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Anti-dumping measures drop in the world: WTO

The number of anti-dumping measures initiated in the world fell in the 12 months ended in June 2021, reported the World Trade Organization (WTO).

While in that period 213 anti-dumping measures were registered, in the same period ended in June 2020 the figure reached 282 measures.

While anti-dumping investigations do not necessarily lead to the imposition of measures, an increase in the number of investigations initiated is an early indicator of a likely increase in the number of measures imposed.

During the last three periods, a total of 478 anti-dumping measures were applied.

Since the conclusion of an anti-dumping investigation can take up to 18 months, the measures applied in a given period may not necessarily be the result of investigations initiated in the same period.

Initiations of anti-dumping investigations and measures applied, 2008-21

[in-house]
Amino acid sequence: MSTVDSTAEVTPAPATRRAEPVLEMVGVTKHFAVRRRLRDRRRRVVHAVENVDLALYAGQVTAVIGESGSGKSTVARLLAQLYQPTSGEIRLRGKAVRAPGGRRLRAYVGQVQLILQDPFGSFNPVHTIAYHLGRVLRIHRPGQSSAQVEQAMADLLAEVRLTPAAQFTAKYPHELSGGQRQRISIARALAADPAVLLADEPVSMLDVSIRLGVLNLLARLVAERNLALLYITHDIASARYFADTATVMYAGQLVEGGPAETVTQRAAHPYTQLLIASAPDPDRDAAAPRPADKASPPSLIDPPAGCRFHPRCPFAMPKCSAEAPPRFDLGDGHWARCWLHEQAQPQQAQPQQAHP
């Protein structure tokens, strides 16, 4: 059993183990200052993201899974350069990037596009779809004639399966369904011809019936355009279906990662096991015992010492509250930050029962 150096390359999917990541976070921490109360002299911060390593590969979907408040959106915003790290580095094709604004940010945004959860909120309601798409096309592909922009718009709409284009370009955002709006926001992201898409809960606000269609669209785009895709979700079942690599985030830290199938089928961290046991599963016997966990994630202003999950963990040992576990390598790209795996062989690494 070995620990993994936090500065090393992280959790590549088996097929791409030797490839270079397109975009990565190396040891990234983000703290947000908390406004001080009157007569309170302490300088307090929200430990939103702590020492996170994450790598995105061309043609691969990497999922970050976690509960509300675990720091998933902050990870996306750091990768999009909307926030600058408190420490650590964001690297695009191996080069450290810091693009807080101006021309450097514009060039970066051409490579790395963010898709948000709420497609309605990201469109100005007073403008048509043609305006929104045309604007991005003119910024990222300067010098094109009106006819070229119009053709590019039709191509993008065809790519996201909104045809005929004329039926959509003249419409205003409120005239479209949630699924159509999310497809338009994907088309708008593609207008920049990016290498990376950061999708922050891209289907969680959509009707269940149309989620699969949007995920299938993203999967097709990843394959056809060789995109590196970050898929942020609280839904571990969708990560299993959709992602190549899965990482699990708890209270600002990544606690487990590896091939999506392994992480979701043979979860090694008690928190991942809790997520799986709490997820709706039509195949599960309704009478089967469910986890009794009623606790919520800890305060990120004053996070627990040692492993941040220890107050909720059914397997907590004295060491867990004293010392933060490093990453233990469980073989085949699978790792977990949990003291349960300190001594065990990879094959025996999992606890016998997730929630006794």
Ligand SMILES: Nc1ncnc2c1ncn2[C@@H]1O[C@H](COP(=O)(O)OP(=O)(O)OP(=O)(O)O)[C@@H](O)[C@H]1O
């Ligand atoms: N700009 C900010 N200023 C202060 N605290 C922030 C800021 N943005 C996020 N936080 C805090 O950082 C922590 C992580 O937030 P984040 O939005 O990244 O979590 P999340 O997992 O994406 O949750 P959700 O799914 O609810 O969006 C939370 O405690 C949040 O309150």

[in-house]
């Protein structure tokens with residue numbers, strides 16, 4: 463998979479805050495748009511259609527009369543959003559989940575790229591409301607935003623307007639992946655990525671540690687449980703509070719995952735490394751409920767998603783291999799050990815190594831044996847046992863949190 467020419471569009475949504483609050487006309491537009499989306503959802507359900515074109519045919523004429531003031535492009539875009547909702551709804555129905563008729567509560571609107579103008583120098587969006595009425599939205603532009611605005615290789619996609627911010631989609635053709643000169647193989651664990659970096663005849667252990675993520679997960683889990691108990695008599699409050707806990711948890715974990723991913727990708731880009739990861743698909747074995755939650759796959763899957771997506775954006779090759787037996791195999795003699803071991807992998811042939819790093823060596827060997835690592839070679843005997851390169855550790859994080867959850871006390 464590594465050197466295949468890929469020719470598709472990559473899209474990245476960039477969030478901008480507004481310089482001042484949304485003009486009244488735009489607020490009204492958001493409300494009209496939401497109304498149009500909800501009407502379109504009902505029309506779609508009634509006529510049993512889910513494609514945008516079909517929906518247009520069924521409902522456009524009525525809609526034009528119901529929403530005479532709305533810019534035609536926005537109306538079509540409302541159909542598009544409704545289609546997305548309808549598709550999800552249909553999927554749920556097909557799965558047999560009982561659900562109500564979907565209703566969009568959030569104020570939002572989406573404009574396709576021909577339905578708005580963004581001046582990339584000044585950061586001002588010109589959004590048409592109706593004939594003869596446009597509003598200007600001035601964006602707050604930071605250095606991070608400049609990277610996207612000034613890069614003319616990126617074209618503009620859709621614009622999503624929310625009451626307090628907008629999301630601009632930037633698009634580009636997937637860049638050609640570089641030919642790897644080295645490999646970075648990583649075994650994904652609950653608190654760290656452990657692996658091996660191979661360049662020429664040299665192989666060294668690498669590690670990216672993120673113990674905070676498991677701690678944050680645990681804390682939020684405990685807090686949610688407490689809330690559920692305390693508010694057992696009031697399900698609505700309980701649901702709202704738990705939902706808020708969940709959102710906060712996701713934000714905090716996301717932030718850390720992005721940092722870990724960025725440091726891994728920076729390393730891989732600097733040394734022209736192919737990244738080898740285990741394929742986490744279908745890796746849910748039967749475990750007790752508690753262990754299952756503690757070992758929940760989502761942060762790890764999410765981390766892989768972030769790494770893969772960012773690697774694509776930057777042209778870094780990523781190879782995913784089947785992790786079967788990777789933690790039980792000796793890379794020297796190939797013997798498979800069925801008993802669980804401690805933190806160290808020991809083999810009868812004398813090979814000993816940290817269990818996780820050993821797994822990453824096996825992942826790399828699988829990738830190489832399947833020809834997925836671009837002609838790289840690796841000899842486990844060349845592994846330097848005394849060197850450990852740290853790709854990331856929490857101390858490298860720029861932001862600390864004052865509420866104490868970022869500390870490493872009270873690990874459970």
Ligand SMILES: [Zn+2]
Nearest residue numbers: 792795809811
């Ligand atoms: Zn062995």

Overall, there was little change in the products affected by the anti-dumping investigations initiated during the three periods under review. Most of the initiations focused on products in the metal sector, followed by the chemical sector and the plastics and rubber sector.

Anti-dumping measures

Regarding the countries or customs territories affected by new anti-dumping investigations, 44 exporting Members were affected during the first period, 55 during the second period and 46 in the last period.

By far, China remained the WTO Member most affected by anti-dumping initiations during the three reporting periods, accounting for 26% of all investigations.

China was followed by Vietnam and Malaysia, which accounted for 5% of all initiations.

As of October 8, 2021, only two Members had notified anti-dumping measures regarding the Covid-19 pandemic.

Brazil suspended anti-dumping duties on syringes and vacuum plastic tubes for blood collection, and Argentina suspended anti-dumping duties on syringes and parenteral solutions.

The WTO is the most important trade forum worldwide, being the only institution that deals with the rules that govern international trade between countries, through a multilateral framework of disciplines that establish the principles of liberalization, as well as the flexibilities allowed. Its main function is to ensure that trade operates as smoothly, predictably and freely as possible.

 

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